Tashia thank you for what you wrote. It speaks volumes to me. We see sheep in a field as animals with a fluffy white coats. But if we look at a sheep closely we see they get dirty and don’t most of them if not all them don’t keep their coats nice and white and fluffy. It reminds me of our lives. We are meant to be living as pure white followers of Jesus keep ourselves clean and keeping all the sin away that would make us dirty and not as white as we should be at times. If we want to live right for the King and that King is Jesus. We have to let Jesus be our shepherd and us be his sheep. As sheep know their master voice and they listen to it obey it. Jesus is our master/shepherd. If we want to be the people Jesus want us to be and live as he would have us live. We have to do as Jesus says and his words says. Let Jesus be the shepherd in our lives we be sheep that listen to his voice and live as his words says. This is what real love for Jesus is all about. We go about doing the work of shepherd Jesus. Living as his word says and that means loving people of all walks of life no matter what skin colour they have. We have to show them especially if not saved the saviour Love. We can do that by the way we live. That we are praying for our world no gossping we go the extra mile to help some in need. We watch what we say and do. In fact everything we do is about what Jesus and saying to ourselves would Jesus do if we come up against something or if someone needs help. As we are the hand and feet of Jesus in a world that need him. But there are so many don’t see it. We can show this world that by the way we live in everything we do. By letting Jesus be our shepherd and we be his sheep and let him guide us to live the right away. So the world see we are different we are living for our shepherd who is Jesus. We can know Jesus can be our shepherd and he will guide us to live right for him if we let him. Psalm 23 verse 1 says “The Lord is my shepherd I shall not want.” If we go on into that Psalm we see in verse 2 & 3 “He makes us lie down in green pastures he leads me besides the still waters. He restores my soul he leads me in paths of righteousness for his name sake. ” That says it all. If we make Jesus our shepherd and love him the way he loves us then we can go on to love overs like Jesus does. That is real Love and that is how to Love Jesus I say Amen to this. Love Dawn Ferguson-Little xx❤️
Thank you Dawn, and thank you for sharing your thoughts with us.
Uh huh. Yup. Tell it, girl! Well said.
Glad you are here, Irene!
Nancy Peters says
Great blog! You first pulled me in with your description of the Scottish Highlands. Then I loved how you moved to “feeding my sheep”. Such honest words about the difficulty dealing with certain people around us. ( “pointing the finger” – oh, how we love to do that!!…yes, guilty!) But Jesus told us we must love everyone and try to reach out to those around us. We never know what issues and problems others are going through. We need to see them with compassion. Thank you for your words this morning!! Blessings to you and your family!!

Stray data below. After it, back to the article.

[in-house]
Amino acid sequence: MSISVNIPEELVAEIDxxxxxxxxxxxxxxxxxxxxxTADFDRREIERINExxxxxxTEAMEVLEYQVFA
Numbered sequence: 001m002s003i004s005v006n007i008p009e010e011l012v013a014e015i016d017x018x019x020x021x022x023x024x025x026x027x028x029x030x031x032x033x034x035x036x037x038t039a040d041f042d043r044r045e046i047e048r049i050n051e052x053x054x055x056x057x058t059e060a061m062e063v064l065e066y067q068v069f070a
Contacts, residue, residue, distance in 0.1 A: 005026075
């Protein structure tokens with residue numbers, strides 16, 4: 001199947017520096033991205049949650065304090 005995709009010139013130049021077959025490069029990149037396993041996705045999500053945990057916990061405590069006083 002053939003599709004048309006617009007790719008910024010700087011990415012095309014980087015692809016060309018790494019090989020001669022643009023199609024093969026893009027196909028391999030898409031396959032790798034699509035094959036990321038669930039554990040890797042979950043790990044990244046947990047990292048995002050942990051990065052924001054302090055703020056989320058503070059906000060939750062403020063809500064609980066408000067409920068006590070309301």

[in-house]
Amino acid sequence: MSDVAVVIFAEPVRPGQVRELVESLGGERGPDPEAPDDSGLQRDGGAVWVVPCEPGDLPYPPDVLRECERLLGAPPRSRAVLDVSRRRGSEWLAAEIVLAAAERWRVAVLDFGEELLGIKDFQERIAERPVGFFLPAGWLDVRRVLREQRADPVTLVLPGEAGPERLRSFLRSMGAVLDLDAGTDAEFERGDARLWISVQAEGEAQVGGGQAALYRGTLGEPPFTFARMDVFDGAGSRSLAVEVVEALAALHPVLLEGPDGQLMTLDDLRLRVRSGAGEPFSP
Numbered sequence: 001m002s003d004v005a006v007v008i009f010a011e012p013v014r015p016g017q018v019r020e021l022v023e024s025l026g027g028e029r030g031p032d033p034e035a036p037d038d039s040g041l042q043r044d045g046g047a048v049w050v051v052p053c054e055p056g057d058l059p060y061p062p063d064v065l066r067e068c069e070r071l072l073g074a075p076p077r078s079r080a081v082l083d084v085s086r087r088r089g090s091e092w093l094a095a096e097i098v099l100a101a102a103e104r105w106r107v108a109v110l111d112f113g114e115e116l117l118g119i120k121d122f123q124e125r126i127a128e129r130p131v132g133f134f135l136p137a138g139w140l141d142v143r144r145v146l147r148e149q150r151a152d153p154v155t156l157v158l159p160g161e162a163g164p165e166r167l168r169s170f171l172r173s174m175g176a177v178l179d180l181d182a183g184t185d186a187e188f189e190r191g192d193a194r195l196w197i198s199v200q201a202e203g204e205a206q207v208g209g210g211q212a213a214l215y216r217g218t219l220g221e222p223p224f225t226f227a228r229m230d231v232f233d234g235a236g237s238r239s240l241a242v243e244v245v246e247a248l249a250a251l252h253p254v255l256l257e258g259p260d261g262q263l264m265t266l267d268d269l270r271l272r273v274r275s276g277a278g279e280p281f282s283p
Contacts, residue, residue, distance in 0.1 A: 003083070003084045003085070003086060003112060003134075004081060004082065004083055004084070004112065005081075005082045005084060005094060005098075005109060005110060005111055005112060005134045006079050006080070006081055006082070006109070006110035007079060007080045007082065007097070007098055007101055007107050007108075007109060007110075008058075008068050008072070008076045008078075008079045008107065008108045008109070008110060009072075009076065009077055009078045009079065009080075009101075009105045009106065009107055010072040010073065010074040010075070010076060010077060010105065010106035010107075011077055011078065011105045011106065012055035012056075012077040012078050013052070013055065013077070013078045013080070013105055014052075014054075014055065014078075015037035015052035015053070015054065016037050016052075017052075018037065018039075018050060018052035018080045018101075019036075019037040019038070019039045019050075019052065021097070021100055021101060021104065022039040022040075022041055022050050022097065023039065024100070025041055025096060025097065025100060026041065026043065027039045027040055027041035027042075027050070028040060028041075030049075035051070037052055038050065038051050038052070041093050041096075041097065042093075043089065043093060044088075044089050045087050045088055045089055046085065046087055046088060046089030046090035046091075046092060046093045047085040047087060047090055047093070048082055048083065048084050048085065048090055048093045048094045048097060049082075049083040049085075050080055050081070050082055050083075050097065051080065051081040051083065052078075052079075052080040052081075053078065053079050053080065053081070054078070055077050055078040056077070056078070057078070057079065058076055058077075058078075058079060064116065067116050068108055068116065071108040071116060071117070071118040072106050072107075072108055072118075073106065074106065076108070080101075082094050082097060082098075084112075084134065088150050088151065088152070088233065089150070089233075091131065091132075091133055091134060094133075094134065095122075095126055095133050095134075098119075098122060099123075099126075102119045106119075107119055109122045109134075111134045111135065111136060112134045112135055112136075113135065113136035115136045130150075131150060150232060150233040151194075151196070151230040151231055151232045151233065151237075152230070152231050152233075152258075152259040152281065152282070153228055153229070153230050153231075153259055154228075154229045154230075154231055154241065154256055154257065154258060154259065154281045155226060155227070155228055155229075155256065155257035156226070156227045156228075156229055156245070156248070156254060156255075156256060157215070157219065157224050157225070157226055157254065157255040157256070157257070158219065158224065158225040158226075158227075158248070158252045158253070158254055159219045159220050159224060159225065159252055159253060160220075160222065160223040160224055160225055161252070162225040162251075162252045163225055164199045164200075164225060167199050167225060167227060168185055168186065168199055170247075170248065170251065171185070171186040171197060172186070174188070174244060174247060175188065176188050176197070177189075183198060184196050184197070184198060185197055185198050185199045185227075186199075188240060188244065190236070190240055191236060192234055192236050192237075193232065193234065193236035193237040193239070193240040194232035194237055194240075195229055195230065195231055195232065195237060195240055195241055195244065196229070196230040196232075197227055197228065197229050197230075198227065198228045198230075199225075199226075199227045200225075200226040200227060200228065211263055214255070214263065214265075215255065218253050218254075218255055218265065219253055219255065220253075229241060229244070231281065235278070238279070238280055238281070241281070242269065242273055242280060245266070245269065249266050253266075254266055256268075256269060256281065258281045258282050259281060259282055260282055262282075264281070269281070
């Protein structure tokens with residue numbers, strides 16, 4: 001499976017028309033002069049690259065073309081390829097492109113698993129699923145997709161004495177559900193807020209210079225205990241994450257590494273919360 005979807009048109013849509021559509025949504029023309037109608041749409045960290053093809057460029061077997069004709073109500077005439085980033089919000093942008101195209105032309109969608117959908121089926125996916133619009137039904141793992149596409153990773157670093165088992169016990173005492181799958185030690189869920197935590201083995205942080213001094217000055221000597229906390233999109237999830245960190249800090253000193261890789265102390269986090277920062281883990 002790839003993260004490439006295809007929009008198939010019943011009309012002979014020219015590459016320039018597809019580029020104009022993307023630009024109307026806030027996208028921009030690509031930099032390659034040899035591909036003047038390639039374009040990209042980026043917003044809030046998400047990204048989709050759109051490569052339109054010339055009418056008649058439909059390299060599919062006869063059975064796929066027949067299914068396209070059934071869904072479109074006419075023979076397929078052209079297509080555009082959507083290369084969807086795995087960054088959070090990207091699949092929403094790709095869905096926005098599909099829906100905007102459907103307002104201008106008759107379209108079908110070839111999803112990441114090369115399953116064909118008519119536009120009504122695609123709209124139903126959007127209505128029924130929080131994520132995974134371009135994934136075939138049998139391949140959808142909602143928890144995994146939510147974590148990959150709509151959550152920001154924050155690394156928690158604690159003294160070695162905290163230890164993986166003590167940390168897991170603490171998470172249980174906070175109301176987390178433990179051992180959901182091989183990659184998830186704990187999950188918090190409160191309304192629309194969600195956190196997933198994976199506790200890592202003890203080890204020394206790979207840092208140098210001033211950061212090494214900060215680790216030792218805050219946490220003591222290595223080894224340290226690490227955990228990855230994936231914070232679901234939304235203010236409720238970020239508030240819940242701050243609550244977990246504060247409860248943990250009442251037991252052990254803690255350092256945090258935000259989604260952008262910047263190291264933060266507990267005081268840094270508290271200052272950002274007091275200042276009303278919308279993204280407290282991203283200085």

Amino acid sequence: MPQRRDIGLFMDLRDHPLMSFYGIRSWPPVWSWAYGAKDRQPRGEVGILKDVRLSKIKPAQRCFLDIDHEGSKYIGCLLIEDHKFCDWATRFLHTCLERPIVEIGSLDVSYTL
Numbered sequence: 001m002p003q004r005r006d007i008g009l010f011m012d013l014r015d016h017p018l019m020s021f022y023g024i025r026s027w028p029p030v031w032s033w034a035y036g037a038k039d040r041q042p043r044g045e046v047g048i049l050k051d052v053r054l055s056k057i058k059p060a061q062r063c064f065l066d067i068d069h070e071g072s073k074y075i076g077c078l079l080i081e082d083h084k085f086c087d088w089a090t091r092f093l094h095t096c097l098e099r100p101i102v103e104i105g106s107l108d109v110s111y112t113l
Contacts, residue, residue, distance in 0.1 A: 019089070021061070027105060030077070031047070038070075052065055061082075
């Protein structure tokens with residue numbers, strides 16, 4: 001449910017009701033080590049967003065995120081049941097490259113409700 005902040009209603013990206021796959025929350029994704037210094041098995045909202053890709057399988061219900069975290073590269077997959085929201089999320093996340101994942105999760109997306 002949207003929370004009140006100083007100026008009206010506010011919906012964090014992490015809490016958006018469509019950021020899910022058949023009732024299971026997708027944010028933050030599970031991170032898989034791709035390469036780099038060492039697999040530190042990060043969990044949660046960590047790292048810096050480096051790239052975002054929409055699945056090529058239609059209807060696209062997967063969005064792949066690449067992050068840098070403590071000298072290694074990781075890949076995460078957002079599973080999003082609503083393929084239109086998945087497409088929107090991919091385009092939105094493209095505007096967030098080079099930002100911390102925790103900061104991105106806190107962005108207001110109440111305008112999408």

Thank you so much, Nancy. I’m glad the article drew you in and spoke to you. It’s so true that we see so little and know so much when it comes to what others are going through. I hope I can keep growing in seeing others through compassion – may we all. Glad you are here.
Pearl Allard says
Thank you. Needed the reminder this morning that our lives are supposed to be about serving others.
Thank you, Pearl. I’m glad it was a good reminder. I need those often!
Ariel Krienke says
Learn from history. Don’t fall for anything that takes away someone’s free will. God gave it so it is his alone to take away if he chooses.
Beth Williams says
Oh how much are we humans like sheep messy, varied, mistrusting, and wild. It takes a lot of effort, work & time to care for us. I believe that is why Jesus compared us to sheep. To be like Jesus we have to sacrifice time, money & effort to care for His flock. For me that looks like going down to Loaves & Fishes Food bank on my day off & helping prepare meals, clean up, give out food boxes, etc. Sometimes on Saturdays I assist in yard sales & Food Drives to help support them & their mission.
I showed my love for Jesus years ago by quitting a good job & being more available for my aging dad. I visited him in the assisted living. Aided him in obtaining needed supplies, took him to doctor’s appointments, & even fed him when hands were to shaky. There were late night calls to go to ER when he fell, etc. It wasn’t what I had expected my life to be at the time, but it was where God wanted me. Attending to one of His precious sheep.
Agreed, Beth! Thank you for sharing that story of caring for you Dad. That was a beautiful picture. Grateful for you.